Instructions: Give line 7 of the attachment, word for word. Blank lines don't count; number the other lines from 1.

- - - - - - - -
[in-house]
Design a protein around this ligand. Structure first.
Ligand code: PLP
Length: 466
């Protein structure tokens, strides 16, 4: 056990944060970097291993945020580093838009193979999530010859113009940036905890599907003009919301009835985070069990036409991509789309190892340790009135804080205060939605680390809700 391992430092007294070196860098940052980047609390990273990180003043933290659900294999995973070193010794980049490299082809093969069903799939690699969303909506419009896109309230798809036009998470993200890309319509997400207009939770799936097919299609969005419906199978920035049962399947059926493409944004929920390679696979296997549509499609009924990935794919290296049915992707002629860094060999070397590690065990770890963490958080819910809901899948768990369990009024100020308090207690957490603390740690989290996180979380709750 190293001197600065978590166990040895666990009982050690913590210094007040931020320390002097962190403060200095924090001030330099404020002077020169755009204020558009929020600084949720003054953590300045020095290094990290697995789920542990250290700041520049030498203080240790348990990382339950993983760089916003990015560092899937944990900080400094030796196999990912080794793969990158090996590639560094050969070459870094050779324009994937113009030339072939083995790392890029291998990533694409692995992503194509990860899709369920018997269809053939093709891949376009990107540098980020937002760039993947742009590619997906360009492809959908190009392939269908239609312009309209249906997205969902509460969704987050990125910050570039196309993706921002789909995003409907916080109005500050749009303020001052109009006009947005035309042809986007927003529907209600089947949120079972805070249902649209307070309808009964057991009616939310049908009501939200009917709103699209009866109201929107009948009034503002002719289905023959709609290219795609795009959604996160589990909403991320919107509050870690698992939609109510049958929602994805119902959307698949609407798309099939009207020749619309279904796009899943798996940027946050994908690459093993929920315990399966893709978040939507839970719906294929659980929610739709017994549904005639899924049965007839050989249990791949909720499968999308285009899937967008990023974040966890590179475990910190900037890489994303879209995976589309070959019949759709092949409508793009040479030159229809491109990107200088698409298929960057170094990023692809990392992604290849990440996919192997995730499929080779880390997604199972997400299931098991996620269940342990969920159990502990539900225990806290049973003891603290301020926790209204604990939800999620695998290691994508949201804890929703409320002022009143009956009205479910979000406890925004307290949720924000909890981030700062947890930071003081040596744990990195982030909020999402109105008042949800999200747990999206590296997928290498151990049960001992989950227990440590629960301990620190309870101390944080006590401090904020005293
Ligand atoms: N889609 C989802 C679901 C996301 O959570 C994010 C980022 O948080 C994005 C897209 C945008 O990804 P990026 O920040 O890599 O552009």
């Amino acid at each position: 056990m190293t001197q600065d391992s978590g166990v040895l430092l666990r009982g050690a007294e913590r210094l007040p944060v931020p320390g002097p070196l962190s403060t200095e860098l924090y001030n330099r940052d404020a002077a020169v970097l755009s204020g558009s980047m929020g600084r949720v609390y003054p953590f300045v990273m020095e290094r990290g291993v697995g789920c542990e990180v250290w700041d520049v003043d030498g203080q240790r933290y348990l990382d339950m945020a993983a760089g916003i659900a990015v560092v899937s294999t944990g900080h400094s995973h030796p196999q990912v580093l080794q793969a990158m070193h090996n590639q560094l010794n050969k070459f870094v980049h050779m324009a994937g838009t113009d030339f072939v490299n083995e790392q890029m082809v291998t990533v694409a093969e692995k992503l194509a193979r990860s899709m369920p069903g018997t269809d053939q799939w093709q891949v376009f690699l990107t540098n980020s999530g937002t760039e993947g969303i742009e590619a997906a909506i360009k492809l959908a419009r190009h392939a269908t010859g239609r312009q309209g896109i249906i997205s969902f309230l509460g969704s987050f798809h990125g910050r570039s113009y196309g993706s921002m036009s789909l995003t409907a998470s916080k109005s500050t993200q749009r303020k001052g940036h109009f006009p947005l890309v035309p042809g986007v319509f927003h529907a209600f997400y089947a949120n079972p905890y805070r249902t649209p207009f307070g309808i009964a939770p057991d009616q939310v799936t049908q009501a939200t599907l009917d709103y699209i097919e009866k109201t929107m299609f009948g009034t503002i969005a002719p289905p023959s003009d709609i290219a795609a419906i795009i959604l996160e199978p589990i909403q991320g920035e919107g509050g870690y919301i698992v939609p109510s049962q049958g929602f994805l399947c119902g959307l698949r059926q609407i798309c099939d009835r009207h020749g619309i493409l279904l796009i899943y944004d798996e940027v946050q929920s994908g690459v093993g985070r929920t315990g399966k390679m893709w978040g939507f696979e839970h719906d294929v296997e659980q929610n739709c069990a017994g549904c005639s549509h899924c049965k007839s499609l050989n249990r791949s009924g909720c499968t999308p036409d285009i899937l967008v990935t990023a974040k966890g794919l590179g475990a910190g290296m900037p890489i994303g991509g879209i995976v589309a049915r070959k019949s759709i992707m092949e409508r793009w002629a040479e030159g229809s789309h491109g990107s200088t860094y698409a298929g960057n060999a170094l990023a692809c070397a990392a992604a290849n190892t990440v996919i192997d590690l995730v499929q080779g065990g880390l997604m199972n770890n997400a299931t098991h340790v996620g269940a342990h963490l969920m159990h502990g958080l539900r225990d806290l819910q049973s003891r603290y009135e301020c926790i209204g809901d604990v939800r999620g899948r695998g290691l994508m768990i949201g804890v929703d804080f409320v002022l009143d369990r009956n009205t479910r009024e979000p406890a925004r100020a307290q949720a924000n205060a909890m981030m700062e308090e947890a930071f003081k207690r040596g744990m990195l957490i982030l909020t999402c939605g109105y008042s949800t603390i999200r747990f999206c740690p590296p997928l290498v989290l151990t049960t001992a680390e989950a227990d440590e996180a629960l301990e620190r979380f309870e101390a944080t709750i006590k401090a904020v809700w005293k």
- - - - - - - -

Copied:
């Amino acid at each position: 056990m190293t001197q600065d391992s978590g166990v040895l430092l666990r009982g050690a007294e913590r210094l007040p944060v931020p320390g002097p070196l962190s403060t200095e860098l924090y001030n330099r940052d404020a002077a020169v970097l755009s204020g558009s980047m929020g600084r949720v609390y003054p953590f300045v990273m020095e290094r990290g291993v697995g789920c542990e990180v250290w700041d520049v003043d030498g203080q240790r933290y348990l990382d339950m945020a993983a760089g916003i659900a990015v560092v899937s294999t944990g900080h400094s995973h030796p196999q990912v580093l080794q793969a990158m070193h090996n590639q560094l010794n050969k070459f870094v980049h050779m324009a994937g838009t113009d030339f072939v490299n083995e790392q890029m082809v291998t990533v694409a093969e692995k992503l194509a193979r990860s899709m369920p069903g018997t269809d053939q799939w093709q891949v376009f690699l990107t540098n980020s999530g937002t760039e993947g969303i742009e590619a997906a909506i360009k492809l959908a419009r190009h392939a269908t010859g239609r312009q309209g896109i249906i997205s969902f309230l509460g969704s987050f798809h990125g910050r570039s113009y196309g993706s921002m036009s789909l995003t409907a998470s916080k109005s500050t993200q749009r303020k001052g940036h109009f006009p947005l890309v035309p042809g986007v319509f927003h529907a209600f997400y089947a949120n079972p905890y805070r249902t649209p207009f307070g309808i009964a939770p057991d009616q939310v799936t049908q009501a939200t599907l009917d709103y699209i097919e009866k109201t929107m299609f009948g009034t503002i969005a002719p289905p023959s003009d709609i290219a795609a419906i795009i959604l996160e199978p589990i909403q991320g920035e919107g509050g870690y919301i698992v939609p109510s049962q049958g929602f994805l399947c119902g959307l698949r059926q609407i798309c099939d009835r009207h020749g619309i493409l279904l796009i899943y944004d798996e940027v946050q929920s994908g690459v093993g985070r929920t315990g399966k390679m893709w978040g939507f696979e839970h719906d294929v296997e659980q929610n739709c069990a017994g549904c005639s549509h899924c049965k007839s499609l050989n249990r791949s009924g909720c499968t999308p036409d285009i899937l967008v990935t990023a974040k966890g794919l590179g475990a910190g290296m900037p890489i994303g991509g879209i995976v589309a049915r070959k019949s759709i992707m092949e409508r793009w002629a040479e030159g229809s789309h491109g990107s200088t860094y698409a298929g960057n060999a170094l990023a692809c070397a990392a992604a290849n190892t990440v996919i192997d590690l995730v499929q080779g065990g880390l997604m199972n770890n997400a299931t098991h340790v996620g269940a342990h963490l969920m159990h502990g958080l539900r225990d806290l819910q049973s003891r603290y009135e301020c926790i209204g809901d604990v939800r999620g899948r695998g290691l994508m768990i949201g804890v929703d804080f409320v002022l009143d369990r009956n009205t479910r009024e979000p406890a925004r100020a307290q949720a924000n205060a909890m981030m700062e308090e947890a930071f003081k207690r040596g744990m990195l957490i982030l909020t999402c939605g109105y008042s949800t603390i999200r747990f999206c740690p590296p997928l290498v989290l151990t049960t001992a680390e989950a227990d440590e996180a629960l301990e620190r979380f309870e101390a944080t709750i006590k401090a904020v809700w005293k």